In 2014, when I started my PhD at the University of Huddersfield about globalisation and higher education in Vietnam, I found myself thinking, ‘Why do I need to go halfway around the world to do research on my country’s higher education? Why have I never thought that much about this issue when at home? Can BERA’s Ethical Guidelines become a lifejacket for me to export to my country’s context? Can ethics really be guided? Can ethical guidelines be universal? Should I be thinking beyond ethics to considering the integrity of researchers?’ I also had many other questions.
My entire research journey has been surrounded by a series of questions and learning experiences, and a part of this questioning mentality comes from the diversity of social imaginaries that I am embracing. Being an international postgraduate researcher (PGR), my research journey is constructed from something here, something home, and the relationships between and among them.
Social imaginary and social self
‘When moving from home to here, my social imaginary becomes the ongoing integration and effort of connecting two places: maintaining what is home in here, and importing what is here in home.’
I always like to use Charles Taylor’s concept of a social imaginary to express the way in which ordinary people ‘imagine’ their social lives (Taylor 2004) – not in theoretical terms, but in daily collective day-to-day narratives and practices. When moving from home to here, my social imaginary becomes the ongoing integration and effort of connecting two places: maintaining what is home in here, and importing what is here in home. For example, Vietnamese beef noodles eaten in Huddersfield, despite being cooked using the same method by the same person, will be different from the same dish in Hanoi.
Looking back at one’s thesis, of course, is more than a bowl of noodle soup, but there is something in common with my example above. What I try to illustrate here are the multiple social imaginaries that you are embracing by doing PhD in another country. The entire process of seeing, doing and learning helps me come to terms with an ongoing negotiation of the ‘social’ pieces. These social’ pieces not only influence how we ‘imagine’ our social worlds, but are also reflected in our theses, which are written in English using thinkers in the West yet answer our research questions on a problem in our home contexts. These are illustrations of the dominance of theories from the global North, yet we are seeing more and more clearly for ourselves that ‘not all Northern theories are read as universal’ (Lingard 2015: 29).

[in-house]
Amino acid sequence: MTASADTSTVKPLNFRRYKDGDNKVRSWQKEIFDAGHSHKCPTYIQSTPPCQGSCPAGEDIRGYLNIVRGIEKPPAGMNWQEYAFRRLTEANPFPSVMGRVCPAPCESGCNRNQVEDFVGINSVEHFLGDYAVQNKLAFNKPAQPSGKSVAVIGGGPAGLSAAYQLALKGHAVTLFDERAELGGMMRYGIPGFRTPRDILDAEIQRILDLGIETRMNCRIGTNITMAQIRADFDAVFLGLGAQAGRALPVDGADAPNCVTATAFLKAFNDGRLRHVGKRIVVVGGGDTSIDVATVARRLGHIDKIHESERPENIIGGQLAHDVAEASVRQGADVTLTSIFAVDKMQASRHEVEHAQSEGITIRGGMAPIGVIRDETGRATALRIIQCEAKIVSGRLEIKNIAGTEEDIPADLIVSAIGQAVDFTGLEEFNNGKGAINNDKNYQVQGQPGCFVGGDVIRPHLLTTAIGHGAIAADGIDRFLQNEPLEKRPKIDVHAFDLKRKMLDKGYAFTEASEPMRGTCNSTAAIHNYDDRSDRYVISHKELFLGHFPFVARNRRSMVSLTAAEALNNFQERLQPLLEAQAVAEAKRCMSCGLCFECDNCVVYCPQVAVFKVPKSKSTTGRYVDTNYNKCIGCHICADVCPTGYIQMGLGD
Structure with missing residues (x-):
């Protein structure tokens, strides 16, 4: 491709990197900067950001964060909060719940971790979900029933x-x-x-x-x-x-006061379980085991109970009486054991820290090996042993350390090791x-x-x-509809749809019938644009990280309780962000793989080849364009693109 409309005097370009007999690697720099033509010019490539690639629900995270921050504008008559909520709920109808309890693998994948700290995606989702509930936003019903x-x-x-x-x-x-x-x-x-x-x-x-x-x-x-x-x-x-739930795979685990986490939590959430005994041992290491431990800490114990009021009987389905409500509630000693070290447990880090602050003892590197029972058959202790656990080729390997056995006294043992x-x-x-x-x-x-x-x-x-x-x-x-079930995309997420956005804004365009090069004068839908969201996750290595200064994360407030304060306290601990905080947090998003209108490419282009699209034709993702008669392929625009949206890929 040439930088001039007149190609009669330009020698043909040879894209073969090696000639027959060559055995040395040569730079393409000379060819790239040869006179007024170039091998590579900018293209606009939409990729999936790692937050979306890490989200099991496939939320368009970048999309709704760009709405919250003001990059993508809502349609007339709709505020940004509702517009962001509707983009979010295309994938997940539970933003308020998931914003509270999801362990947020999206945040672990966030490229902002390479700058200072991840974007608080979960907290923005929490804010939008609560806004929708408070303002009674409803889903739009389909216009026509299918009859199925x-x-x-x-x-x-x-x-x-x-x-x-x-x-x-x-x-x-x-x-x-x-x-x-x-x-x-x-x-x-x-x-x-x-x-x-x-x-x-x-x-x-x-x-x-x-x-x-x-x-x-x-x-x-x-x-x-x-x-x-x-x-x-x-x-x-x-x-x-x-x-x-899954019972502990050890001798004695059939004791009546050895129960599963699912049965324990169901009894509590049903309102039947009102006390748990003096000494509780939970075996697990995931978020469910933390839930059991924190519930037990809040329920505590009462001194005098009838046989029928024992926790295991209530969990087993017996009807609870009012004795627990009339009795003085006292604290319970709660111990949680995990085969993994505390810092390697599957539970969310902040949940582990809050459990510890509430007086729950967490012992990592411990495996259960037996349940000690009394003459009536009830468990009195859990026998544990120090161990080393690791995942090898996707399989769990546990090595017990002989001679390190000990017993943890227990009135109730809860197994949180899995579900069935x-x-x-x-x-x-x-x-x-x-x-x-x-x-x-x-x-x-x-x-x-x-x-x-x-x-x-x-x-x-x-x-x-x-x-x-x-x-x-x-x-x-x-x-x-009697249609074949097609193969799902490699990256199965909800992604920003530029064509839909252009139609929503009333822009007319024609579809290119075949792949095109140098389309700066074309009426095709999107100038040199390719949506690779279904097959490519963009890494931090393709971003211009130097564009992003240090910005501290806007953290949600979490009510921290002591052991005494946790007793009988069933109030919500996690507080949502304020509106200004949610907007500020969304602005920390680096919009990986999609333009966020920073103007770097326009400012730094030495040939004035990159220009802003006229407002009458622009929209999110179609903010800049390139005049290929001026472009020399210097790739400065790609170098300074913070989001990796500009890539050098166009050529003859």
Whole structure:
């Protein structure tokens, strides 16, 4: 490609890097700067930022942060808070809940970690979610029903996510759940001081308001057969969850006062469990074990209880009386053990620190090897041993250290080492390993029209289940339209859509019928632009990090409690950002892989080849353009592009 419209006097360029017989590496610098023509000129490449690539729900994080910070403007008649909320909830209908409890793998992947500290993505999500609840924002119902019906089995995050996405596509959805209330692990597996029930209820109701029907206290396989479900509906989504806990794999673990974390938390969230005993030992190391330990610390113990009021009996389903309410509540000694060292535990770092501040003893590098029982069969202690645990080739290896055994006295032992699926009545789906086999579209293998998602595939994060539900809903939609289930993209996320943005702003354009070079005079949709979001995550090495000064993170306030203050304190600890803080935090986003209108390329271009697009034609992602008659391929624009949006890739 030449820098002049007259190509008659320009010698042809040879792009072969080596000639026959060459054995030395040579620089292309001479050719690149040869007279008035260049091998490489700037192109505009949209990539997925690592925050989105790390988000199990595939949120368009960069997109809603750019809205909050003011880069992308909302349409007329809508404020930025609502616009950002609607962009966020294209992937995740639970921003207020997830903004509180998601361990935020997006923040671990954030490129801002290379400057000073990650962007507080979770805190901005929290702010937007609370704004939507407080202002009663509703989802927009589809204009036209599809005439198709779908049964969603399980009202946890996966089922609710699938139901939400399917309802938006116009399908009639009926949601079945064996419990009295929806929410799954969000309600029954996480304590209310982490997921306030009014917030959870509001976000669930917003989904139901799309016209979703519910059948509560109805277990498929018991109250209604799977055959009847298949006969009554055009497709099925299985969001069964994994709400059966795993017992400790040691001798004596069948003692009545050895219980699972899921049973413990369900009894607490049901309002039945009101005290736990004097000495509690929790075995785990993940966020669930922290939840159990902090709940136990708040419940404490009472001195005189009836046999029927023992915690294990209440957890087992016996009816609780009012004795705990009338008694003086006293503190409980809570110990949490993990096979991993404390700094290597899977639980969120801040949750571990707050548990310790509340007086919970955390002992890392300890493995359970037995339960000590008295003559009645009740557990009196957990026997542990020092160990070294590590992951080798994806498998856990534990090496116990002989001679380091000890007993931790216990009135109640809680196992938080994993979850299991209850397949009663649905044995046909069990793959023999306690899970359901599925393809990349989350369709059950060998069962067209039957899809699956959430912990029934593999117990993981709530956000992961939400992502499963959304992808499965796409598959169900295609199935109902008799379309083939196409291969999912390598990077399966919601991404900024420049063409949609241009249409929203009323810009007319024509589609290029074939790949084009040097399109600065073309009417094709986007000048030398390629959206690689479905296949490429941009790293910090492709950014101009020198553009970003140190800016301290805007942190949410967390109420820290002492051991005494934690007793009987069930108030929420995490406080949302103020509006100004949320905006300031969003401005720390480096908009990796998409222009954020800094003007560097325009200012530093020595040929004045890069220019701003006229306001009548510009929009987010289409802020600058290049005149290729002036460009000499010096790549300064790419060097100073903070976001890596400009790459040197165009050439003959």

Although theory itself is defined as being stable, coherent and consistent (Leedy and Ormrod, 2005), each locality has its own intricacy that is unamenable to being measured by the critical or uncritical importation of theories from the West, either by unpacking how the Northern theories take Southern forms, or unpacking how practices from the South fit into the Northern theories. The question is, ‘Then what’? What I mean is that the research stories can go beyond the North-South role-playing, and create newness out of pre-existing conversations. For the international PGRs like myself, crossing the North-South division is the location where we are standing.
The multiple versions of social selves are one argument about the complexities of studying PhD internationally, but another argument I want to make in this short blog post is the necessary critical distance which doing your PhD research away from its home context provides. Possibly, ‘absence makes the heart grow fonder’. Joining these concepts of moving, distance, here and home brings me to Arjun Appadurai’s (1996) notion of ‘scapes’. More than three decades ago, he conceptualised the global cultural flow through scapes: for example, ethnoscapes (global flow of people), technoscapes (global flow of technology),financescapes (global flow of money), mediascapes (global flow of media) and ideoscapes (global flow of ideology). In this discussion, international PGRs like me are among the PhDscapes (the global flow of PhD students doing their home-country research in another country). The PhDscapes carry all five of Appadurai’s scapes on their journey and, importantly, the social imaginaries (from home to here and back).
Appadurai A (1996) Modernity at large: Cultural dimensions of globalization, volume 1, Minneapolis: University of Minnesota Press
Leedy P Dand Ormrod J E (2005) Practical research: Planning and design, Upper Saddle River, NJ: Prentice Hall
Lingard B (2015) ‘Thinking About Theory in Educational Research: Fieldwork in philosophy’, Educational Philosophy and Theory 47(2): 173–191
Taylor C (2004) Modern social imaginaries, Durham, NC: Duke University Press